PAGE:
JACKSONVILLE, Fla. – They may be big hits at your child's birthday party, but bounce houses can be dangerous.
That danger became all too real over the weekend on New York's Long Island, where three bounce houses flew into the air after a strong wind gust and injured several children.
So just how safe are the inflatable bounce houses, and what can parents learn from the New York incident?
Lynn Grove, the owner of Parties N Motion in Orange Park, said bounce houses are safe, but that safety depends on set up and supervision.
He said it's important to tether the bounce house to the ground with metal stakes at least 18 inches long, and drive them in at an angle. They work best in soft soil.
"I've been in the rental business for probably 16 years now. I've never had a person hurt," Grove said.
Grove believes the incident in New York is giving all bounce houses a bad wrap.
"If you instruct them correctly and they follow the instructions, they're perfectly safe," he said.
In 2009 it happened at Rashetta Law's Jacksonville home during a windy birthday party for her 5-year-old daughter.
"It just picked up the whole thing and it went in the air and into the water," Law said.
Since there are no national regulations, safety standards for bounce houses differ from state to state. National Association of Amusement Ride Safety officials say it's not the toys themselves that are the problem, it's the way they're set up and supervised.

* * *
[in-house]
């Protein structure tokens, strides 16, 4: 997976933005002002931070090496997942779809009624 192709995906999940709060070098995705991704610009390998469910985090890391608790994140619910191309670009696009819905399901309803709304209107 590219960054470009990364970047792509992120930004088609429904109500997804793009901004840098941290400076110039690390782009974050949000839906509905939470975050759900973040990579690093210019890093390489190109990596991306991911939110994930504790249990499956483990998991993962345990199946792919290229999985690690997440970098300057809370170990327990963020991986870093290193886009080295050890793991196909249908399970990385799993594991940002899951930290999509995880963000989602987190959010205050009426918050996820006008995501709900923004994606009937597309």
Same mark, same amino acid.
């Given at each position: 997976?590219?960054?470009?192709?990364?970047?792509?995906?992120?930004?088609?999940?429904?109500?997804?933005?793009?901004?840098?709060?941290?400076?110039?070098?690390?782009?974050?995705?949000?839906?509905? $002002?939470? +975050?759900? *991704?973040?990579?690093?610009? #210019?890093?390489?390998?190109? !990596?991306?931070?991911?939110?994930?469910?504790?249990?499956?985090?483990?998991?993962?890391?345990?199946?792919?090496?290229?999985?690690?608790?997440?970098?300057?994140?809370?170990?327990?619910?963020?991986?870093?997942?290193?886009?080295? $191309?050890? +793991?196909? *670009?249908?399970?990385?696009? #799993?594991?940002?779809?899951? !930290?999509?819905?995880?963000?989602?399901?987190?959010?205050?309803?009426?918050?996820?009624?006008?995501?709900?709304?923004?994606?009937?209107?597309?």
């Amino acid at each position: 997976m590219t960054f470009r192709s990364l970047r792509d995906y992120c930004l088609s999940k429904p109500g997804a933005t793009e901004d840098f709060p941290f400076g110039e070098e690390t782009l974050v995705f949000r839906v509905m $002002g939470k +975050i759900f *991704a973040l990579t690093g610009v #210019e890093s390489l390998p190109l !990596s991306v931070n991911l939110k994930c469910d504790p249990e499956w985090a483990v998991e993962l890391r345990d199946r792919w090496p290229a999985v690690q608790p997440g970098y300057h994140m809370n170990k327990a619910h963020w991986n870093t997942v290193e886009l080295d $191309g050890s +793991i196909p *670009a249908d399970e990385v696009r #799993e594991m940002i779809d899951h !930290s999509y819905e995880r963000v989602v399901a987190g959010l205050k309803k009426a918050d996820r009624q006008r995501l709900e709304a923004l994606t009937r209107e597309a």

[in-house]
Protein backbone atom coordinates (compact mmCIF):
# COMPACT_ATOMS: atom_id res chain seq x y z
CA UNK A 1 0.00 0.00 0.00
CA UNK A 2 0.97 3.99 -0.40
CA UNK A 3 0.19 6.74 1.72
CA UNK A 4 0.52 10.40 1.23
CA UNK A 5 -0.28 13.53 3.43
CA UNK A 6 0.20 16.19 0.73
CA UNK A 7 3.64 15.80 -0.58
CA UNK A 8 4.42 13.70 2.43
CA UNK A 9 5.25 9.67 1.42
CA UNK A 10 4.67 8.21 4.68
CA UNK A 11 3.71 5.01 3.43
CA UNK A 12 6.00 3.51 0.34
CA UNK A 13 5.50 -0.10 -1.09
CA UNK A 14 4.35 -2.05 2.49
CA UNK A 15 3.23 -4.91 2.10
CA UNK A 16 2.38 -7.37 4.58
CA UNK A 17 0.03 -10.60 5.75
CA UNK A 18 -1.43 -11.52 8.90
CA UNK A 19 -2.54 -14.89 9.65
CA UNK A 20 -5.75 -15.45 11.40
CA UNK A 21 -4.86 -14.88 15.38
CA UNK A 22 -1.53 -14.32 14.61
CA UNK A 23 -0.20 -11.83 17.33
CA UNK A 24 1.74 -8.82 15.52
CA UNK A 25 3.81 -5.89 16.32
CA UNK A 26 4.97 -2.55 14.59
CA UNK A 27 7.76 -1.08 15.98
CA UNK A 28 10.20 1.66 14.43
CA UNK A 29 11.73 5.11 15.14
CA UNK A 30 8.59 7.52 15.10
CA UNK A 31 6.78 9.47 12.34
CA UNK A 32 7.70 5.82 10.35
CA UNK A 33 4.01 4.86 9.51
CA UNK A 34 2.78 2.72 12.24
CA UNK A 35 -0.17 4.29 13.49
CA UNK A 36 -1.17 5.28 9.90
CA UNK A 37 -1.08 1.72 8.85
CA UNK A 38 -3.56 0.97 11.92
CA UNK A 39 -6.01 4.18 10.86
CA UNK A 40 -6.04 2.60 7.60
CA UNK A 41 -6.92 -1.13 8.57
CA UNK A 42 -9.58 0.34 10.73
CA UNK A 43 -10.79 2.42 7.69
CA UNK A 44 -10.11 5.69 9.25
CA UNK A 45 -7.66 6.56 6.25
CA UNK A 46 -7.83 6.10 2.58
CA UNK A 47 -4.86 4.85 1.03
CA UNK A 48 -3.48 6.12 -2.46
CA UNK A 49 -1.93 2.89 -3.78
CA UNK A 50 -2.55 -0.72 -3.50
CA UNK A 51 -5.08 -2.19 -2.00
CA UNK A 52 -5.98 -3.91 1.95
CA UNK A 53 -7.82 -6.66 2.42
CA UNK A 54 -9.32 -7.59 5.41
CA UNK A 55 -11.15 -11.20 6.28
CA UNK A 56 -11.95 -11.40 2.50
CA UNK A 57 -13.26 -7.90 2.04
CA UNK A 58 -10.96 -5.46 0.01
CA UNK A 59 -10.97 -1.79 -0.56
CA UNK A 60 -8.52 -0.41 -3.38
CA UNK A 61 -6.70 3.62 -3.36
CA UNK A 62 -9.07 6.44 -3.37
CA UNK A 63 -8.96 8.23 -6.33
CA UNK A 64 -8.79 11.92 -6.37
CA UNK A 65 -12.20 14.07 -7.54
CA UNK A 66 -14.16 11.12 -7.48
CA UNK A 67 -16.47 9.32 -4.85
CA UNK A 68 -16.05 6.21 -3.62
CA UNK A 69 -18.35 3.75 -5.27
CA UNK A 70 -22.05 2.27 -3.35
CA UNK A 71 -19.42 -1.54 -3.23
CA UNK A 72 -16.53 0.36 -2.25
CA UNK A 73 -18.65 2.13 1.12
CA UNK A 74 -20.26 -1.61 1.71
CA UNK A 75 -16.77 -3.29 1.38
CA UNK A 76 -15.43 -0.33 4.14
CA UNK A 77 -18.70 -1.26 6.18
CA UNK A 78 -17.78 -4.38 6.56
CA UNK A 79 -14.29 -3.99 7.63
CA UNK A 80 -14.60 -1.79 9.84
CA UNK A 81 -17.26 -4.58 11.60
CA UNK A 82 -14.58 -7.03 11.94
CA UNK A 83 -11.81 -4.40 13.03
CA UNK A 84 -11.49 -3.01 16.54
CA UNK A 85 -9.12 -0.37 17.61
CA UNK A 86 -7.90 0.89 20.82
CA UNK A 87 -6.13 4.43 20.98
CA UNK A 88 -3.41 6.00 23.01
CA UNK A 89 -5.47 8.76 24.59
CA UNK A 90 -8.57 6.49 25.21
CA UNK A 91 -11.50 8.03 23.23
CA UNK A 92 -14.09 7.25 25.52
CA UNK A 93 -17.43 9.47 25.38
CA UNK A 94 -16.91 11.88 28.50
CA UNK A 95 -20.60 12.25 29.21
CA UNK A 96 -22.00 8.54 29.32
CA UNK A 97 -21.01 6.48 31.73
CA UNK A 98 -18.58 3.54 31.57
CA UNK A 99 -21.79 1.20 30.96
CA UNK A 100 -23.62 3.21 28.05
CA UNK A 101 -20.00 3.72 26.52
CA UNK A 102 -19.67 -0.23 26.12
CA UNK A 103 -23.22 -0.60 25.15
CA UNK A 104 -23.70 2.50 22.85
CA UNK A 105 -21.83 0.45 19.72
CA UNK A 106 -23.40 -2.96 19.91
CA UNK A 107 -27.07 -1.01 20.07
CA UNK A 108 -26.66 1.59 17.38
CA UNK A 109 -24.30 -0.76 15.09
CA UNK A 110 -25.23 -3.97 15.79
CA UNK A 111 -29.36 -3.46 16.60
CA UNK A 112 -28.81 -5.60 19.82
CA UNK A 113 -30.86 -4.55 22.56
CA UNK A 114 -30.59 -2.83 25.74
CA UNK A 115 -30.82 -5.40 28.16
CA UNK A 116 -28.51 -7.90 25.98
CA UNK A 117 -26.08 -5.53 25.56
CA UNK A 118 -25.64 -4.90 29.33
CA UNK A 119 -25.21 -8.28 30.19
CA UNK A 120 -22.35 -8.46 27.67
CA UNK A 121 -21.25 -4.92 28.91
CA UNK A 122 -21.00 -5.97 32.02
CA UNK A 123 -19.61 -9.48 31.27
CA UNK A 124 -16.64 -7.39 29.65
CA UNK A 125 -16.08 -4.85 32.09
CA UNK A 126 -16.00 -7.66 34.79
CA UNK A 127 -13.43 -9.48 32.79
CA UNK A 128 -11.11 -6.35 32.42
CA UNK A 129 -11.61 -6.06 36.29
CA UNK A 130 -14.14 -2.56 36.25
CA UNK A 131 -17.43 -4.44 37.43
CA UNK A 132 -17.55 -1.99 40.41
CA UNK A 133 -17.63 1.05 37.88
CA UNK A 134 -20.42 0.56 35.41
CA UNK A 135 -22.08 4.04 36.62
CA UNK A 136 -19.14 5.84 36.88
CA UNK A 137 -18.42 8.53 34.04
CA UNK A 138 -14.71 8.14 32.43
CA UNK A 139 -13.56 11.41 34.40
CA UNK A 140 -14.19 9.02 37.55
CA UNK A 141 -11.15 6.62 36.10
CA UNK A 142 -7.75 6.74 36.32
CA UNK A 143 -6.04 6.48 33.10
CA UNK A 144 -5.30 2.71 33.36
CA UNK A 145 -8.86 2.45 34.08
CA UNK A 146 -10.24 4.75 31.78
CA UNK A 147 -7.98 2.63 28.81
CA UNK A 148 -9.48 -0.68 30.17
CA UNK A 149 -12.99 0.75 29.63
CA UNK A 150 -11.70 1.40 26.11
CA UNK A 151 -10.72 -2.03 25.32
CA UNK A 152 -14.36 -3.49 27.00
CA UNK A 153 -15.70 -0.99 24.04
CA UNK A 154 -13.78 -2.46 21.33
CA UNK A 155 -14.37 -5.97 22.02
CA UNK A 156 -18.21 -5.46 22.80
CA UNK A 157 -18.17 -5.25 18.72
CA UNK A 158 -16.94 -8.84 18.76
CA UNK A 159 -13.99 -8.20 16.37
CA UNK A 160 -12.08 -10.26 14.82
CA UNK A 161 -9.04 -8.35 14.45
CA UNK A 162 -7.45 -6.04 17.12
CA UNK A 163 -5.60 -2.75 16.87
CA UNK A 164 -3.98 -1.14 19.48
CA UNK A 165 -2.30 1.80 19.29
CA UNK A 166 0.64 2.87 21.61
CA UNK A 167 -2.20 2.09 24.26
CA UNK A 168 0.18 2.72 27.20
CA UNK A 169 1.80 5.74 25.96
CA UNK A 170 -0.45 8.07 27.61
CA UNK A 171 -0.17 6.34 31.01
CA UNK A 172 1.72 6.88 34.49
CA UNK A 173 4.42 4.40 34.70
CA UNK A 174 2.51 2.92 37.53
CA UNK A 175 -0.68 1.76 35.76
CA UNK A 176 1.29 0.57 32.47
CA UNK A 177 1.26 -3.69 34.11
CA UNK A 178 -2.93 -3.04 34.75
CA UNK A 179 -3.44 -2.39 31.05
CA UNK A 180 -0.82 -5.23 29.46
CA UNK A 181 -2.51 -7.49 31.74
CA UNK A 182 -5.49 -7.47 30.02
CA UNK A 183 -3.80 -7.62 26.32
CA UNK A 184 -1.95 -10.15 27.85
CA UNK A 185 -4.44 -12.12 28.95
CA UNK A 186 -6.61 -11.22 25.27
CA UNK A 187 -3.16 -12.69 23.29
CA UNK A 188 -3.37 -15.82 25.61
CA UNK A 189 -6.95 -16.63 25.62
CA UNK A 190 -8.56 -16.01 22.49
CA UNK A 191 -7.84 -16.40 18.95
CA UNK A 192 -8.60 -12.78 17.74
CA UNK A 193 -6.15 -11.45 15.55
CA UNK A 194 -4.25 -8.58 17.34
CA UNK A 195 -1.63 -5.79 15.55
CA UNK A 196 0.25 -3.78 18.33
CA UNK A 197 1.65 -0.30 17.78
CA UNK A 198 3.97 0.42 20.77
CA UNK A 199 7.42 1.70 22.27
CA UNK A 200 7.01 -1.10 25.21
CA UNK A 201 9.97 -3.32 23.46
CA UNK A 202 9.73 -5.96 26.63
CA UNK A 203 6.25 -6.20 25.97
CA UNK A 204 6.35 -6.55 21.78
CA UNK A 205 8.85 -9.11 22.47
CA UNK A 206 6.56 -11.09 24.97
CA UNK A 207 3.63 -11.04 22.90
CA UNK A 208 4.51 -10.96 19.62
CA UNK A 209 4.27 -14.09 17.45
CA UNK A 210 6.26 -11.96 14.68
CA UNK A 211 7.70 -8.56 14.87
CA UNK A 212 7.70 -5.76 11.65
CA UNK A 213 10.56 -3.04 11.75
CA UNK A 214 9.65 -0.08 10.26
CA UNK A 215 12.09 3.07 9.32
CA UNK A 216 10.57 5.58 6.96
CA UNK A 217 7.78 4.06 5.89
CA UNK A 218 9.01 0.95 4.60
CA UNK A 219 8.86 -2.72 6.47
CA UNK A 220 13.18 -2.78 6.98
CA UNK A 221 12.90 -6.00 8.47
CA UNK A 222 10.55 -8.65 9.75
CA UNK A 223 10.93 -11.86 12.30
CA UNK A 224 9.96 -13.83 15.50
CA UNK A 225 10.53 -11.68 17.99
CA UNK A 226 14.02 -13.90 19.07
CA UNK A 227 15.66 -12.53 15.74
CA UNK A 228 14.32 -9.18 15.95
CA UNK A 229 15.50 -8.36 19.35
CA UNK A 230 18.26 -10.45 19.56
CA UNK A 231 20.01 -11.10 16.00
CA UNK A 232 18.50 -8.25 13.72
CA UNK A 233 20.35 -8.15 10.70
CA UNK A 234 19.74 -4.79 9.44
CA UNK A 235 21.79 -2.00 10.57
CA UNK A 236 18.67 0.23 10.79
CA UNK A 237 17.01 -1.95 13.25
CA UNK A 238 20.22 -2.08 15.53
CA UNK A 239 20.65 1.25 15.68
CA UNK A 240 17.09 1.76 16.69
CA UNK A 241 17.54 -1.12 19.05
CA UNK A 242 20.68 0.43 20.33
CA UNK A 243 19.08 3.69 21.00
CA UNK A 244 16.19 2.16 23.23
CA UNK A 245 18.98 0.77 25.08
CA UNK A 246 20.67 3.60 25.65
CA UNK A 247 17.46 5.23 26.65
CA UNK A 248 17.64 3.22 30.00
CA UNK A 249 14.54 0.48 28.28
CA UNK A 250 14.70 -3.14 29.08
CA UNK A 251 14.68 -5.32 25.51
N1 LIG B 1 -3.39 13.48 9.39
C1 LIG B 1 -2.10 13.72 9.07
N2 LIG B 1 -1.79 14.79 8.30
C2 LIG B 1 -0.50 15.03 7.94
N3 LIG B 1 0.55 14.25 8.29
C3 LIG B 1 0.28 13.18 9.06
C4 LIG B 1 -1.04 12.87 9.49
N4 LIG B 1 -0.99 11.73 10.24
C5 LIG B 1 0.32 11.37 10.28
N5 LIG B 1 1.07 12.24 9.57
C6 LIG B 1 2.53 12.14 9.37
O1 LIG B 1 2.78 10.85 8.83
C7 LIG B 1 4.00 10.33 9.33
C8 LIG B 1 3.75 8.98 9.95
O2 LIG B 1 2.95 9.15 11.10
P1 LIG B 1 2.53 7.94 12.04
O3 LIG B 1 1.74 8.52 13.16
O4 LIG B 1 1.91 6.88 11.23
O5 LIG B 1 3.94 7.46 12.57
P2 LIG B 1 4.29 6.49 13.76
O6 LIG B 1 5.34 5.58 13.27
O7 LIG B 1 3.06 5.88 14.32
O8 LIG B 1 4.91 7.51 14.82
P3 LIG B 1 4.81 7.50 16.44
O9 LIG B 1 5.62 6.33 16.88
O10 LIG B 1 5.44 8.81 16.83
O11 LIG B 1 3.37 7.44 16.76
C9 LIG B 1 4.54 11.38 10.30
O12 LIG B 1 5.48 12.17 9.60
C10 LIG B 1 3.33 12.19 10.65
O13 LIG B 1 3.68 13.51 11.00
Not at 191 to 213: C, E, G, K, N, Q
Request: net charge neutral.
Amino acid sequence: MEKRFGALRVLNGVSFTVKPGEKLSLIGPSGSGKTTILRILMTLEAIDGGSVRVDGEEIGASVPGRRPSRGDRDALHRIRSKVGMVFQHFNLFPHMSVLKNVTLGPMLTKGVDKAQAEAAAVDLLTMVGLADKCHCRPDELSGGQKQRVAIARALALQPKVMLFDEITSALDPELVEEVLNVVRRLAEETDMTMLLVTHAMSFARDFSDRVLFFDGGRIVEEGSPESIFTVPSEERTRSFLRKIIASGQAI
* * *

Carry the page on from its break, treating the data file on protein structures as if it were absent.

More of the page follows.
"Always follow what's in the manual, follow whatever the instructions are from the manufacturer, from the builder of the equipment in every way possible," association spokeswoman Laura Woodburn said.
Between 2007 and 2012, the Consumer Product Safety Commission received 11 reports where wind appeared to play a role in an inflatable incident involving injury. One death was reported. And 90 percent of the people in the other 10 cases had to be hospitalized due to injuries.
To help keep those numbers down, Grove said it's important to not use the bounce houses when winds go above 15 mph, and ask vendors for proof of insurance beforehand.
"You insure your car, you insure your house," Grove said. "These are your children. Why wouldn't you have them insured? It just makes sense."
Another thing parents can do is check the bounce house every hour on the hour to make sure none of the stakes have lifted up out of the grass or moved. If they have, move it over and re-secure it.